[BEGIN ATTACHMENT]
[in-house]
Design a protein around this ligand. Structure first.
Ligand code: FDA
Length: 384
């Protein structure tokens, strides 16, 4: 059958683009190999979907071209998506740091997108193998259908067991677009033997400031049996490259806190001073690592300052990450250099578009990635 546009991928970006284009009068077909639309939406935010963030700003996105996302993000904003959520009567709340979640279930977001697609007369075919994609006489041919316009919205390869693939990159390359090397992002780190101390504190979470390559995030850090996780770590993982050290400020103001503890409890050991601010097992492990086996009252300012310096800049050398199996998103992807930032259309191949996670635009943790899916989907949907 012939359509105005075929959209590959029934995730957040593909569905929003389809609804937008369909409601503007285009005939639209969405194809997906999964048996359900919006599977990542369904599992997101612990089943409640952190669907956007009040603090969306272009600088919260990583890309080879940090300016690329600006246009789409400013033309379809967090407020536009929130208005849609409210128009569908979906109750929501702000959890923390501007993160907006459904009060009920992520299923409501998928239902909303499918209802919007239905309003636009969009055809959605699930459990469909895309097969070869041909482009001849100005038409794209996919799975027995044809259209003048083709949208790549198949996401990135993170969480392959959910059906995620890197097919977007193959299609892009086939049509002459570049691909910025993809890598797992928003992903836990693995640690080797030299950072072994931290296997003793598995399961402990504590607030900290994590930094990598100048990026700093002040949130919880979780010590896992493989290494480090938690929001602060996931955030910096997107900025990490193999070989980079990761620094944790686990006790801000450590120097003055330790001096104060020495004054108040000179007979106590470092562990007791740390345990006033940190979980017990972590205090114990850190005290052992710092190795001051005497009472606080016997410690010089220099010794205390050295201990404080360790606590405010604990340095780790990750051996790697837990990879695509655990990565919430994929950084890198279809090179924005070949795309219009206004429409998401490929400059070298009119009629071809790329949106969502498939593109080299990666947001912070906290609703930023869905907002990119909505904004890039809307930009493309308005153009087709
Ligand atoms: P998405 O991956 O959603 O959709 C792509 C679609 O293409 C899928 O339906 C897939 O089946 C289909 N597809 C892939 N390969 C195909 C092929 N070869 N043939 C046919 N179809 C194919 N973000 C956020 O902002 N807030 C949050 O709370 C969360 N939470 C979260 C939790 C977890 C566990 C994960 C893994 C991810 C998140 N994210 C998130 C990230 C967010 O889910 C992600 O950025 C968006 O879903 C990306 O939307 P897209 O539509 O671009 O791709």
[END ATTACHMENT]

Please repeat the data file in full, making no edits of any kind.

[in-house]
Design a protein around this ligand. Structure first.
Ligand code: FDA
Length: 384
């Protein structure tokens, strides 16, 4: 059958683009190999979907071209998506740091997108193998259908067991677009033997400031049996490259806190001073690592300052990450250099578009990635 546009991928970006284009009068077909639309939406935010963030700003996105996302993000904003959520009567709340979640279930977001697609007369075919994609006489041919316009919205390869693939990159390359090397992002780190101390504190979470390559995030850090996780770590993982050290400020103001503890409890050991601010097992492990086996009252300012310096800049050398199996998103992807930032259309191949996670635009943790899916989907949907 012939359509105005075929959209590959029934995730957040593909569905929003389809609804937008369909409601503007285009005939639209969405194809997906999964048996359900919006599977990542369904599992997101612990089943409640952190669907956007009040603090969306272009600088919260990583890309080879940090300016690329600006246009789409400013033309379809967090407020536009929130208005849609409210128009569908979906109750929501702000959890923390501007993160907006459904009060009920992520299923409501998928239902909303499918209802919007239905309003636009969009055809959605699930459990469909895309097969070869041909482009001849100005038409794209996919799975027995044809259209003048083709949208790549198949996401990135993170969480392959959910059906995620890197097919977007193959299609892009086939049509002459570049691909910025993809890598797992928003992903836990693995640690080797030299950072072994931290296997003793598995399961402990504590607030900290994590930094990598100048990026700093002040949130919880979780010590896992493989290494480090938690929001602060996931955030910096997107900025990490193999070989980079990761620094944790686990006790801000450590120097003055330790001096104060020495004054108040000179007979106590470092562990007791740390345990006033940190979980017990972590205090114990850190005290052992710092190795001051005497009472606080016997410690010089220099010794205390050295201990404080360790606590405010604990340095780790990750051996790697837990990879695509655990990565919430994929950084890198279809090179924005070949795309219009206004429409998401490929400059070298009119009629071809790329949106969502498939593109080299990666947001912070906290609703930023869905907002990119909505904004890039809307930009493309308005153009087709
Ligand atoms: P998405 O991956 O959603 O959709 C792509 C679609 O293409 C899928 O339906 C897939 O089946 C289909 N597809 C892939 N390969 C195909 C092929 N070869 N043939 C046919 N179809 C194919 N973000 C956020 O902002 N807030 C949050 O709370 C969360 N939470 C979260 C939790 C977890 C566990 C994960 C893994 C991810 C998140 N994210 C998130 C990230 C967010 O889910 C992600 O950025 C968006 O879903 C990306 O939307 P897209 O539509 O671009 O791709």